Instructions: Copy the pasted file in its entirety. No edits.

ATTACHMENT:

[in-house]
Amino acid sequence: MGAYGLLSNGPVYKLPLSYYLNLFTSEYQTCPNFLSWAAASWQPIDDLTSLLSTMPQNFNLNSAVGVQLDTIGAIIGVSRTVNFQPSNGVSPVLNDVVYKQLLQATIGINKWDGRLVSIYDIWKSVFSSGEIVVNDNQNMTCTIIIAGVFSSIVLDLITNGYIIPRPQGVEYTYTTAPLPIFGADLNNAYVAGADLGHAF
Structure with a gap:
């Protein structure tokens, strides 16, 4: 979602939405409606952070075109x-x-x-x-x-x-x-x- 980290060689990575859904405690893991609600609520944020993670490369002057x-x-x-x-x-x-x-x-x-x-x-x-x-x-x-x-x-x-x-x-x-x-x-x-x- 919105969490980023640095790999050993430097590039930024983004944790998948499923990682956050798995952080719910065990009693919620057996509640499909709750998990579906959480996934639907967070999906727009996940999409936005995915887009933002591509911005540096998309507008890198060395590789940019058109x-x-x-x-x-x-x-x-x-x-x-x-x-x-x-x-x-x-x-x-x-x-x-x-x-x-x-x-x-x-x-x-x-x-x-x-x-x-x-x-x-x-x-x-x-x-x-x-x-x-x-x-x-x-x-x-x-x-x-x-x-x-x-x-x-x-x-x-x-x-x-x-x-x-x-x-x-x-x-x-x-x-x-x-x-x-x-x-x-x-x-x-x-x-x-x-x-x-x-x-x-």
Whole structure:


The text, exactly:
[in-house]
Amino acid sequence: MGAYGLLSNGPVYKLPLSYYLNLFTSEYQTCPNFLSWAAASWQPIDDLTSLLSTMPQNFNLNSAVGVQLDTIGAIIGVSRTVNFQPSNGVSPVLNDVVYKQLLQATIGINKWDGRLVSIYDIWKSVFSSGEIVVNDNQNMTCTIIIAGVFSSIVLDLITNGYIIPRPQGVEYTYTTAPLPIFGADLNNAYVAGADLGHAF
Structure with a gap:
């Protein structure tokens, strides 16, 4: 979602939405409606952070075109x-x-x-x-x-x-x-x- 980290060689990575859904405690893991609600609520944020993670490369002057x-x-x-x-x-x-x-x-x-x-x-x-x-x-x-x-x-x-x-x-x-x-x-x-x- 919105969490980023640095790999050993430097590039930024983004944790998948499923990682956050798995952080719910065990009693919620057996509640499909709750998990579906959480996934639907967070999906727009996940999409936005995915887009933002591509911005540096998309507008890198060395590789940019058109x-x-x-x-x-x-x-x-x-x-x-x-x-x-x-x-x-x-x-x-x-x-x-x-x-x-x-x-x-x-x-x-x-x-x-x-x-x-x-x-x-x-x-x-x-x-x-x-x-x-x-x-x-x-x-x-x-x-x-x-x-x-x-x-x-x-x-x-x-x-x-x-x-x-x-x-x-x-x-x-x-x-x-x-x-x-x-x-x-x-x-x-x-x-x-x-x-x-x-x-x-």
Whole structure: